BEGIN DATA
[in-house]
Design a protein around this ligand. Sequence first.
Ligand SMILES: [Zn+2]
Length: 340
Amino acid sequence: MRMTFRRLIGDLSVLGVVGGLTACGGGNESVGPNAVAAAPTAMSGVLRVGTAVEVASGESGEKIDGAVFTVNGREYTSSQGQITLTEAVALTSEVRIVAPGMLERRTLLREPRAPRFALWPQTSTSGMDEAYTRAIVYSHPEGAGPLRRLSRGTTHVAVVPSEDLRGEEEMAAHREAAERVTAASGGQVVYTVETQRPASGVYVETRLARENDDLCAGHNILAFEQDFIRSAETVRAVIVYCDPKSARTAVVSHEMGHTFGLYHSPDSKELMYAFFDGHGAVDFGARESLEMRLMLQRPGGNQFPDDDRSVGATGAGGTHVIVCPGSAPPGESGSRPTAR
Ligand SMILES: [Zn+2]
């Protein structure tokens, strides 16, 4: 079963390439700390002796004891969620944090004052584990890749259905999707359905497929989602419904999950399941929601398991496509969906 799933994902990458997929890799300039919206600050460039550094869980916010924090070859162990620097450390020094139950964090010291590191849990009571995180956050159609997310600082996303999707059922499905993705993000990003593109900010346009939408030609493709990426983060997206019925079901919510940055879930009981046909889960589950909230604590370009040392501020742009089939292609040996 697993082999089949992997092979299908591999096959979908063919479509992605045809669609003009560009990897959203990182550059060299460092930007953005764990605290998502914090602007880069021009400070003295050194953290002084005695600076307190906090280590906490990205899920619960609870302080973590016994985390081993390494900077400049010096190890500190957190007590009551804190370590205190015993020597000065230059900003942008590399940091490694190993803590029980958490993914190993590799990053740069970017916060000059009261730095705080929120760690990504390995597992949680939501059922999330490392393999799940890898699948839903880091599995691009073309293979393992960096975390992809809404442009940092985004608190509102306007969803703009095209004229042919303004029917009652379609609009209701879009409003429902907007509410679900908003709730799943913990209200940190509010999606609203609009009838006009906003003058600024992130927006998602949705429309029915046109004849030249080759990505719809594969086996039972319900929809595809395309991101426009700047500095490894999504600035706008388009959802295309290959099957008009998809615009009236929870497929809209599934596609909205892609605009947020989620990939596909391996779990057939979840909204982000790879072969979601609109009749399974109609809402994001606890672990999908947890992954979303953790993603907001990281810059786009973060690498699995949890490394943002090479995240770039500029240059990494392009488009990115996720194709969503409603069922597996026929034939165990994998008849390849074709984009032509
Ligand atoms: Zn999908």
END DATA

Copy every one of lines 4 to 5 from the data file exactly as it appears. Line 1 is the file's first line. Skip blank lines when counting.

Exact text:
Length: 340
Amino acid sequence: MRMTFRRLIGDLSVLGVVGGLTACGGGNESVGPNAVAAAPTAMSGVLRVGTAVEVASGESGEKIDGAVFTVNGREYTSSQGQITLTEAVALTSEVRIVAPGMLERRTLLREPRAPRFALWPQTSTSGMDEAYTRAIVYSHPEGAGPLRRLSRGTTHVAVVPSEDLRGEEEMAAHREAAERVTAASGGQVVYTVETQRPASGVYVETRLARENDDLCAGHNILAFEQDFIRSAETVRAVIVYCDPKSARTAVVSHEMGHTFGLYHSPDSKELMYAFFDGHGAVDFGARESLEMRLMLQRPGGNQFPDDDRSVGATGAGGTHVIVCPGSAPPGESGSRPTAR